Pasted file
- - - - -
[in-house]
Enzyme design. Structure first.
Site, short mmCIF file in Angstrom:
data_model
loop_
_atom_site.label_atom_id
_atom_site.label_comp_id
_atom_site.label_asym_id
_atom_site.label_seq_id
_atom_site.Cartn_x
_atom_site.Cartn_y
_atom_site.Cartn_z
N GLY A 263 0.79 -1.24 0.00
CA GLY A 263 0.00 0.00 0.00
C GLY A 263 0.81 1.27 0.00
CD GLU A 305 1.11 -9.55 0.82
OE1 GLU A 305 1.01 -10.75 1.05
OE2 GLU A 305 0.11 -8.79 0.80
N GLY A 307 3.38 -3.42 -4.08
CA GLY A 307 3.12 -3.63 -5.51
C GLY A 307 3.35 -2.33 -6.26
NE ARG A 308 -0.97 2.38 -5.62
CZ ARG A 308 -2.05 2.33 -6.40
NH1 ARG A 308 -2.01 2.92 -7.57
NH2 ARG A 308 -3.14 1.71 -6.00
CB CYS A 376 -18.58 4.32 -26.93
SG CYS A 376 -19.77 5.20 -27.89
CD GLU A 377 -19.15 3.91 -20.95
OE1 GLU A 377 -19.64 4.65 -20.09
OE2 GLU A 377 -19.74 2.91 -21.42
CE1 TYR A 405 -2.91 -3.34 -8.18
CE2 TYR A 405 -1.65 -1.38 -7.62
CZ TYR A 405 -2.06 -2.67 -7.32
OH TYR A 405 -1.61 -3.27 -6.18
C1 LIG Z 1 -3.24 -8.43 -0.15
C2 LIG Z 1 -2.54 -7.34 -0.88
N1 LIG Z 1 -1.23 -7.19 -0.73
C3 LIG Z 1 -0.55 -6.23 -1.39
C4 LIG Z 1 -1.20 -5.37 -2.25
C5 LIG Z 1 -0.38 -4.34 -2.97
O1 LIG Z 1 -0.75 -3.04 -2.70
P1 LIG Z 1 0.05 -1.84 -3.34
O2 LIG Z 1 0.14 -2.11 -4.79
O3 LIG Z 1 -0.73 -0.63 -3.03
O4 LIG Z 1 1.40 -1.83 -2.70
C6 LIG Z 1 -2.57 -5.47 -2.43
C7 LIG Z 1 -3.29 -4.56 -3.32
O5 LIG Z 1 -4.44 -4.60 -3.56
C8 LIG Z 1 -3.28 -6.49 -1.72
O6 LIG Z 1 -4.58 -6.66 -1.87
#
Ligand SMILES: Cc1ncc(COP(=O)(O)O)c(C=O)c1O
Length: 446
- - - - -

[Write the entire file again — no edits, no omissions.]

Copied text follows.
[in-house]
Enzyme design. Structure first.
Site, short mmCIF file in Angstrom:
data_model
loop_
_atom_site.label_atom_id
_atom_site.label_comp_id
_atom_site.label_asym_id
_atom_site.label_seq_id
_atom_site.Cartn_x
_atom_site.Cartn_y
_atom_site.Cartn_z
N GLY A 263 0.79 -1.24 0.00
CA GLY A 263 0.00 0.00 0.00
C GLY A 263 0.81 1.27 0.00
CD GLU A 305 1.11 -9.55 0.82
OE1 GLU A 305 1.01 -10.75 1.05
OE2 GLU A 305 0.11 -8.79 0.80
N GLY A 307 3.38 -3.42 -4.08
CA GLY A 307 3.12 -3.63 -5.51
C GLY A 307 3.35 -2.33 -6.26
NE ARG A 308 -0.97 2.38 -5.62
CZ ARG A 308 -2.05 2.33 -6.40
NH1 ARG A 308 -2.01 2.92 -7.57
NH2 ARG A 308 -3.14 1.71 -6.00
CB CYS A 376 -18.58 4.32 -26.93
SG CYS A 376 -19.77 5.20 -27.89
CD GLU A 377 -19.15 3.91 -20.95
OE1 GLU A 377 -19.64 4.65 -20.09
OE2 GLU A 377 -19.74 2.91 -21.42
CE1 TYR A 405 -2.91 -3.34 -8.18
CE2 TYR A 405 -1.65 -1.38 -7.62
CZ TYR A 405 -2.06 -2.67 -7.32
OH TYR A 405 -1.61 -3.27 -6.18
C1 LIG Z 1 -3.24 -8.43 -0.15
C2 LIG Z 1 -2.54 -7.34 -0.88
N1 LIG Z 1 -1.23 -7.19 -0.73
C3 LIG Z 1 -0.55 -6.23 -1.39
C4 LIG Z 1 -1.20 -5.37 -2.25
C5 LIG Z 1 -0.38 -4.34 -2.97
O1 LIG Z 1 -0.75 -3.04 -2.70
P1 LIG Z 1 0.05 -1.84 -3.34
O2 LIG Z 1 0.14 -2.11 -4.79
O3 LIG Z 1 -0.73 -0.63 -3.03
O4 LIG Z 1 1.40 -1.83 -2.70
C6 LIG Z 1 -2.57 -5.47 -2.43
C7 LIG Z 1 -3.29 -4.56 -3.32
O5 LIG Z 1 -4.44 -4.60 -3.56
C8 LIG Z 1 -3.28 -6.49 -1.72
O6 LIG Z 1 -4.58 -6.66 -1.87
#
Ligand SMILES: Cc1ncc(COP(=O)(O)O)c(C=O)c1O
Length: 446